Encourage your child’s Independence

We all hope that our children will be capable of doing things for themselves. So we strive to help them become independent and confident little people. In a perfect world children would gain skills quickly and smoothly grow into independent people. But in the real world, this growth sometimes moves across a bumpy road!

Often two scenarios play out as children grow.

The first scenario
At times children fight for their independence, even as their parents feel they are not yet ready to handle the situation. Sometimes young children want to “do it myself” even when they are not quite capable. This can be difficult for parents for several reasons:
– the task may not be completed properly because the child lacks the necessary skills
– the child ends up feeling frustrated
– the task takes much, much longer to complete and parents often don’t have the luxury of extra time so they feel frustrated

In this case, it is helpful for parents to “set their child up for success” by adjusting the task to more closely fit their child’s skill level. Getting dressed is a prime example. Find pants with elastic waists, shirts without buttons and shoes that slip on easily. Or, in another instance, allow your child to set the table with plastic plates and bowls. Show him pictures of how the finished product should look (where to place the napkin, fork, spoon, and plate) or demonstrate a skill before encouraging your child to try it so that he has a model to guide him.

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Patience is the key here. Look for opportunities when timing is not important and give your child the chance to complete a challenging task on his own. Children become independent when they have opportunities to practice skills and succeed over time.

If time is an issue, let your child know that he will have the chance to “do it himself” on a day when you are not rushing. Then make that opportunity happen for him soon.

The second scenario
This involves the child who actually enjoys having his parents do everything for him. At times, especially when the clock is ticking, this seems like the best alternative for parents. By doing it themselves, parents can get the job done quickly and to their satisfaction. But in the long run, this can also be difficult for several reasons:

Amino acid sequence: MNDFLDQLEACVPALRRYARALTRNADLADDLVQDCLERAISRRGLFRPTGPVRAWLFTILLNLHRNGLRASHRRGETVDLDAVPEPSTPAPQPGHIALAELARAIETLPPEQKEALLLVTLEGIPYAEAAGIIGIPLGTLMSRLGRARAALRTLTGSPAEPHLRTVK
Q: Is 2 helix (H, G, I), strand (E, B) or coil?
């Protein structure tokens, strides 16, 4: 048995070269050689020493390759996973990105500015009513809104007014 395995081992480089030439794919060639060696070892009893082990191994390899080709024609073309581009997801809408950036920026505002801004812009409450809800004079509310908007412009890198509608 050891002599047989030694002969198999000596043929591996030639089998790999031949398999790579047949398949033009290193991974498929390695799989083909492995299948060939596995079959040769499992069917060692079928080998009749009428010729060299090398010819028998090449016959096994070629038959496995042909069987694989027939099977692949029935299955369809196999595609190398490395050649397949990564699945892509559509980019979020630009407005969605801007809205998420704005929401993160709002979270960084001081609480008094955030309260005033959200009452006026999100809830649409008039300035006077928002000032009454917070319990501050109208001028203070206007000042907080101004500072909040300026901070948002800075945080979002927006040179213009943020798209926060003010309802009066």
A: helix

– children can get increasingly demanding as they get older and expect to have their wishes granted – pronto!
– parents these days have a great deal on their plates already, and doing things for a child that he could do for himself is aggravating and exhausting
– the child loses opportunities to gain skills
– the child does not gain confidence in his abilities and may hesitate when presented with new or challenging tasks

Stepping back is the key in this situation. Parents need to sometimes take a deep breath and watch as their child attempts a task. It may not be done well or quickly, but remember that your child is learning to do things for himself and feel satisfied with his efforts. And once again, setting your child up for success will encourage him to attack new things rather than ask a parent or other adult to do it for him. Demonstrations or guidance is critical in situations where children are nervous about failing and prefer to not try at all. When children have a good chance of succeeding, they can relax and work to complete a task. Letting a child know that you believe he can succeed also goes a long way to helping him feel ready to tackle new projects. And praising his efforts will help him feel proud that he tried.

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As children continue to approach new new tasks and have opportunities to succeed, they begin to believe that they are capable. And you are well on your way to helping your child grow into an independent and confident person.

For information on helping your child develop important school-readiness skills, please visit www.schoolsparks.com for a kindergarten readiness test and hundreds of free kindergarten worksheets.

Renee Abramovitz is a a former preschool and kindergarten teacher who retired in 2008 to become a “full-time grandma” to her four beautiful grandsons. She is passionate about the idea that all parents are their child’s first and most important teacher and strives to give parents the tools and confidence they need to successfully work with their children at home. Renee shares tips for working with young children at www.schoolsparks.com where she offers a free kindergarten readiness test parents can take to assess their child’s readiness to start school plus hundreds upon hundreds of free kindergarten worksheets for parents to use at home with their children.

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  • Cascia Talbert , October 21, 2011

    “Stepping back is the key in this situation. Parents need to sometimes take a deep breath and watch as their child attempts a task.” Great advice! Sometimes I find this difficult to do especially if my kid wants to do something that I believe might endanger his/her safety, like using a knife or scissors. But I know eventually I just have to let go.

  • Life With Captain Fussybuckets , October 22, 2011

    This is perfect! My son is about to turn 3 and he's all about the independence!

  • OneMommy , October 22, 2011

    Your 2 examples are my kids. My oldest wants to do everything herself, from the time she was little. I started putting easy to put on clothes in lower drawers so she could pick her own outfits and get dressed long ago.
    My son is the opposite. He finally took off his shoes- at the age of 2. I had to be very firm in not letting anyone help him despite his protests.
    So different.

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